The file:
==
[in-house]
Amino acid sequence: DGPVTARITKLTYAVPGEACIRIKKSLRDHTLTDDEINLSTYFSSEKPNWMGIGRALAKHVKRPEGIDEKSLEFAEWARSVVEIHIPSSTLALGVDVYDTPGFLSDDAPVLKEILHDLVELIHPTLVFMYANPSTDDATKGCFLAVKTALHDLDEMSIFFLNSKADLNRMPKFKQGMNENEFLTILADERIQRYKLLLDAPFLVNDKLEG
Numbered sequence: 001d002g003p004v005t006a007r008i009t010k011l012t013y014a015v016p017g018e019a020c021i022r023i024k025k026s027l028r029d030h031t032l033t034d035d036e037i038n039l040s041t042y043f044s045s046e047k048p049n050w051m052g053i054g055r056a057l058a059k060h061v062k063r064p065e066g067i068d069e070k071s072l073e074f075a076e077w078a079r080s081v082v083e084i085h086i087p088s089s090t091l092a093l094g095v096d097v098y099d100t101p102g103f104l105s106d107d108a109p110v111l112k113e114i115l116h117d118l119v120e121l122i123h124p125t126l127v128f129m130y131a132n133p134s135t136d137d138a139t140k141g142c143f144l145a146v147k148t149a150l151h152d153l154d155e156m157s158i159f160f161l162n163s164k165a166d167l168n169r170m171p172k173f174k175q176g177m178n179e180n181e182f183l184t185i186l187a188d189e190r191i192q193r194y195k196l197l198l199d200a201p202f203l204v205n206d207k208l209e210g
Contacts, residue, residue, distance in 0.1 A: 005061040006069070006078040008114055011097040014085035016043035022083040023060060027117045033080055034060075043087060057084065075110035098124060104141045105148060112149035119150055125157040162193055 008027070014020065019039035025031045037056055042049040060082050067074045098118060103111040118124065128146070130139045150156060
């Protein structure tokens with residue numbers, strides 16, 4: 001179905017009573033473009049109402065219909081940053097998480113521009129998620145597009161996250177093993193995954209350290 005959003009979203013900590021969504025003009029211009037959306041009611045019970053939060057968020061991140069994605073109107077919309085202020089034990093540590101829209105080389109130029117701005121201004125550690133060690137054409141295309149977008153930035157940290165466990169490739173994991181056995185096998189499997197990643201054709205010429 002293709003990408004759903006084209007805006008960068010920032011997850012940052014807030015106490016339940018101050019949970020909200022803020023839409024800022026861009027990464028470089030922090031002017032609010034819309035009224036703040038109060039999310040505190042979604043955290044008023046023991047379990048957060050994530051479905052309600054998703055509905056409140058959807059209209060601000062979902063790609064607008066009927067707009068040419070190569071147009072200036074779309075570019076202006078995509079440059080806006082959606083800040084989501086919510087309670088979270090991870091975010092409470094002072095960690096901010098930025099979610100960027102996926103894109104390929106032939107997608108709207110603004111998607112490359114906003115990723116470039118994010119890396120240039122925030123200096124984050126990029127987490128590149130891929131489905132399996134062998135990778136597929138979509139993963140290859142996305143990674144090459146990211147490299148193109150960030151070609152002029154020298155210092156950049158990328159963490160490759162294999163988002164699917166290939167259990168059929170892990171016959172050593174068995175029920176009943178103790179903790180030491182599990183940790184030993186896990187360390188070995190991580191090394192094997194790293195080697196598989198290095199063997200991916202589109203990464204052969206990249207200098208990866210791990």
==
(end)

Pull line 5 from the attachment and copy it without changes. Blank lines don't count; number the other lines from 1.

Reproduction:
């Protein structure tokens with residue numbers, strides 16, 4: 001179905017009573033473009049109402065219909081940053097998480113521009129998620145597009161996250177093993193995954209350290 005959003009979203013900590021969504025003009029211009037959306041009611045019970053939060057968020061991140069994605073109107077919309085202020089034990093540590101829209105080389109130029117701005121201004125550690133060690137054409141295309149977008153930035157940290165466990169490739173994991181056995185096998189499997197990643201054709205010429 002293709003990408004759903006084209007805006008960068010920032011997850012940052014807030015106490016339940018101050019949970020909200022803020023839409024800022026861009027990464028470089030922090031002017032609010034819309035009224036703040038109060039999310040505190042979604043955290044008023046023991047379990048957060050994530051479905052309600054998703055509905056409140058959807059209209060601000062979902063790609064607008066009927067707009068040419070190569071147009072200036074779309075570019076202006078995509079440059080806006082959606083800040084989501086919510087309670088979270090991870091975010092409470094002072095960690096901010098930025099979610100960027102996926103894109104390929106032939107997608108709207110603004111998607112490359114906003115990723116470039118994010119890396120240039122925030123200096124984050126990029127987490128590149130891929131489905132399996134062998135990778136597929138979509139993963140290859142996305143990674144090459146990211147490299148193109150960030151070609152002029154020298155210092156950049158990328159963490160490759162294999163988002164699917166290939167259990168059929170892990171016959172050593174068995175029920176009943178103790179903790180030491182599990183940790184030993186896990187360390188070995190991580191090394192094997194790293195080697196598989198290095199063997200991916202589109203990464204052969206990249207200098208990866210791990």